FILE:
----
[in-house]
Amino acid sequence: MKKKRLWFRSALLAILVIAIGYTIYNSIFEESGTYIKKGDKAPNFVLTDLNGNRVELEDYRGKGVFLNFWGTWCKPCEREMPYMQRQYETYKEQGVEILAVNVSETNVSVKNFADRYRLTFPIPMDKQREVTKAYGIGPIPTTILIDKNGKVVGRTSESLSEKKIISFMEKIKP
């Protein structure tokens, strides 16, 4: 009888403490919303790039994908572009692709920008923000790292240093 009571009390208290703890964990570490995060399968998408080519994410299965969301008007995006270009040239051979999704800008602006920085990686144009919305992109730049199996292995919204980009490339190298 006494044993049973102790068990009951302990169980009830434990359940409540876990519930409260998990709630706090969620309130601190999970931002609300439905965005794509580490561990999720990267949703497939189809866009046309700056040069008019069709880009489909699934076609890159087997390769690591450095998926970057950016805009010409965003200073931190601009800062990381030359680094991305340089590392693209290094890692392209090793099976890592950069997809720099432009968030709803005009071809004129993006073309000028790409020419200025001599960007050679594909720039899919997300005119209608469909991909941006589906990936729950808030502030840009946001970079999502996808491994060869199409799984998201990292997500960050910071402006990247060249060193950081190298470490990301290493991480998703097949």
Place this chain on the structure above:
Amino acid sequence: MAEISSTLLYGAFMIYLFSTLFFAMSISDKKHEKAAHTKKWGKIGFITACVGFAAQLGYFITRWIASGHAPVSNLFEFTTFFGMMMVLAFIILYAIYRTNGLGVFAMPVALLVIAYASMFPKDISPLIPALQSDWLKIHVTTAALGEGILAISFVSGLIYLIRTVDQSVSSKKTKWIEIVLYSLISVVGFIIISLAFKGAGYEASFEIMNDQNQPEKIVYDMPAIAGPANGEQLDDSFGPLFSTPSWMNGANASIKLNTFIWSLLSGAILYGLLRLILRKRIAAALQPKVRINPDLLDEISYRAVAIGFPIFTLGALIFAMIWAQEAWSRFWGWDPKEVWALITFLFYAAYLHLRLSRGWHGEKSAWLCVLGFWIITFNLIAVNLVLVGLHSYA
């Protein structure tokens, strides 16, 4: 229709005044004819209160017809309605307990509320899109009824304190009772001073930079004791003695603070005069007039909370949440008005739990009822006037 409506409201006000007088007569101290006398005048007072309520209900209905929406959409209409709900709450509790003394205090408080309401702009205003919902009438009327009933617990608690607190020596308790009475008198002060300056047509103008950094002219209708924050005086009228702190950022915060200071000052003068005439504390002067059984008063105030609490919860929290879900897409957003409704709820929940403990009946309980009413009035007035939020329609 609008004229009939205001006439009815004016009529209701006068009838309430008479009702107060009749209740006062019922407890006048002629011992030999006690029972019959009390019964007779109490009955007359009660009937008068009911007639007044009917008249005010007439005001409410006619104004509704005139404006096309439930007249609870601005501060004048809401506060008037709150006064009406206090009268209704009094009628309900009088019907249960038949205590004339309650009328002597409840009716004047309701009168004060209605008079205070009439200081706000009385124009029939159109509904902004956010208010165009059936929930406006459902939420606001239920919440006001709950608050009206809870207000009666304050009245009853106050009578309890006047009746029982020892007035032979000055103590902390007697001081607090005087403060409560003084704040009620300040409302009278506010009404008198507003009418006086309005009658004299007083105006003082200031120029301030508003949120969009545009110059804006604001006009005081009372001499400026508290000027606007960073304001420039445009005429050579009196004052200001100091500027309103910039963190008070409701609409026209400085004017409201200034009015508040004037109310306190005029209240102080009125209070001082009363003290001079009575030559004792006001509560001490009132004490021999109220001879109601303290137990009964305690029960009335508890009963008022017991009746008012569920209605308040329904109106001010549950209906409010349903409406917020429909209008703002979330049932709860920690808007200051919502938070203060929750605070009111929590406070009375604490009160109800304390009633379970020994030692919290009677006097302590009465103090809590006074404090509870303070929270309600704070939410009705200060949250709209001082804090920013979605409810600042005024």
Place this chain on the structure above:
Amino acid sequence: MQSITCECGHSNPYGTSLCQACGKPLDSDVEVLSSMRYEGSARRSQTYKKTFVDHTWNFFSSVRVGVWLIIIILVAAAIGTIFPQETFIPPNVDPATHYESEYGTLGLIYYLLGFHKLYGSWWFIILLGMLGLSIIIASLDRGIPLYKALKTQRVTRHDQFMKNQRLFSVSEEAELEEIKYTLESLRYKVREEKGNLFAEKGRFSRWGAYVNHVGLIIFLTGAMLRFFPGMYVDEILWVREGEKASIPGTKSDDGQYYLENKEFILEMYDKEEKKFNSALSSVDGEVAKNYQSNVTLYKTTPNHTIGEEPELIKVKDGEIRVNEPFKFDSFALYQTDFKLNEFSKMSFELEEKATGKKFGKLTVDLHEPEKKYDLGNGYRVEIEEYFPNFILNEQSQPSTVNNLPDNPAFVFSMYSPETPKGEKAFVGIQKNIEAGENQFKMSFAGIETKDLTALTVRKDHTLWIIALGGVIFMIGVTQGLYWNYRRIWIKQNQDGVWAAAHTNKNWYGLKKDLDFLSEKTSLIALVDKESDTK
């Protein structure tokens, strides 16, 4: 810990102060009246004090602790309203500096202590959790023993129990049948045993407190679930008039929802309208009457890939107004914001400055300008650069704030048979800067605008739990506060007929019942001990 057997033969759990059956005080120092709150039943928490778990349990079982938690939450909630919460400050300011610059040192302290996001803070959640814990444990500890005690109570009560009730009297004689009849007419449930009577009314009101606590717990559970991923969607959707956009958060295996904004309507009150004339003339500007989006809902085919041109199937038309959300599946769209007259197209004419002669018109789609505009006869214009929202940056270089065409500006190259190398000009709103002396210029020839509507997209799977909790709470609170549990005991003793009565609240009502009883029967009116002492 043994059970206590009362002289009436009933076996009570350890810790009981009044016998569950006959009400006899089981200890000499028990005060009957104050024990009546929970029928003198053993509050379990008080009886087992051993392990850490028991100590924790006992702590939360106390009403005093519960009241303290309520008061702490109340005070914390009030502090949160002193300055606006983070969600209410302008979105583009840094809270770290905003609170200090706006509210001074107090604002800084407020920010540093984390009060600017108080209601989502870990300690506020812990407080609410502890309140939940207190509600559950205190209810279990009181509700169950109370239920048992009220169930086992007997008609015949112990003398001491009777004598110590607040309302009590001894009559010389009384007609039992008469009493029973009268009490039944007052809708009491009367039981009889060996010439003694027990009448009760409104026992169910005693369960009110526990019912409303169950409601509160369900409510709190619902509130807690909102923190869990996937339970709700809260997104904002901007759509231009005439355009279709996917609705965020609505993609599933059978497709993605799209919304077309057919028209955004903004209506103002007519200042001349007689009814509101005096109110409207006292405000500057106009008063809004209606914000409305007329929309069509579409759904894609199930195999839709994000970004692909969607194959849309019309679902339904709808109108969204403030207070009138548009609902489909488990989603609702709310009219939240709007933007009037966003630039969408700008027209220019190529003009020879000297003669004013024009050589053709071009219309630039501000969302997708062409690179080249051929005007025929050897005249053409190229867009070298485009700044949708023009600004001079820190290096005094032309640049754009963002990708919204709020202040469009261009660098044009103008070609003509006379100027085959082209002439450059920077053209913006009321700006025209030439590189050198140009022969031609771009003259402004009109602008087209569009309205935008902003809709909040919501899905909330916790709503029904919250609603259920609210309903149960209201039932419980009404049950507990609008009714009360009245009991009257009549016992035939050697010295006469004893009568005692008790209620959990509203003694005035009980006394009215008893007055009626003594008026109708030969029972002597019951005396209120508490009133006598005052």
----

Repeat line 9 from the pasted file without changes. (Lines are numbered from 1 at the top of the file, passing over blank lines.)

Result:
């Protein structure tokens, strides 16, 4: 810990102060009246004090602790309203500096202590959790023993129990049948045993407190679930008039929802309208009457890939107004914001400055300008650069704030048979800067605008739990506060007929019942001990 057997033969759990059956005080120092709150039943928490778990349990079982938690939450909630919460400050300011610059040192302290996001803070959640814990444990500890005690109570009560009730009297004689009849007419449930009577009314009101606590717990559970991923969607959707956009958060295996904004309507009150004339003339500007989006809902085919041109199937038309959300599946769209007259197209004419002669018109789609505009006869214009929202940056270089065409500006190259190398000009709103002396210029020839509507997209799977909790709470609170549990005991003793009565609240009502009883029967009116002492 043994059970206590009362002289009436009933076996009570350890810790009981009044016998569950006959009400006899089981200890000499028990005060009957104050024990009546929970029928003198053993509050379990008080009886087992051993392990850490028991100590924790006992702590939360106390009403005093519960009241303290309520008061702490109340005070914390009030502090949160002193300055606006983070969600209410302008979105583009840094809270770290905003609170200090706006509210001074107090604002800084407020920010540093984390009060600017108080209601989502870990300690506020812990407080609410502890309140939940207190509600559950205190209810279990009181509700169950109370239920048992009220169930086992007997008609015949112990003398001491009777004598110590607040309302009590001894009559010389009384007609039992008469009493029973009268009490039944007052809708009491009367039981009889060996010439003694027990009448009760409104026992169910005693369960009110526990019912409303169950409601509160369900409510709190619902509130807690909102923190869990996937339970709700809260997104904002901007759509231009005439355009279709996917609705965020609505993609599933059978497709993605799209919304077309057919028209955004903004209506103002007519200042001349007689009814509101005096109110409207006292405000500057106009008063809004209606914000409305007329929309069509579409759904894609199930195999839709994000970004692909969607194959849309019309679902339904709808109108969204403030207070009138548009609902489909488990989603609702709310009219939240709007933007009037966003630039969408700008027209220019190529003009020879000297003669004013024009050589053709071009219309630039501000969302997708062409690179080249051929005007025929050897005249053409190229867009070298485009700044949708023009600004001079820190290096005094032309640049754009963002990708919204709020202040469009261009660098044009103008070609003509006379100027085959082209002439450059920077053209913006009321700006025209030439590189050198140009022969031609771009003259402004009109602008087209569009309205935008902003809709909040919501899905909330916790709503029904919250609603259920609210309903149960209201039932419980009404049950507990609008009714009360009245009991009257009549016992035939050697010295006469004893009568005692008790209620959990509203003694005035009980006394009215008893007055009626003594008026109708030969029972002597019951005396209120508490009133006598005052």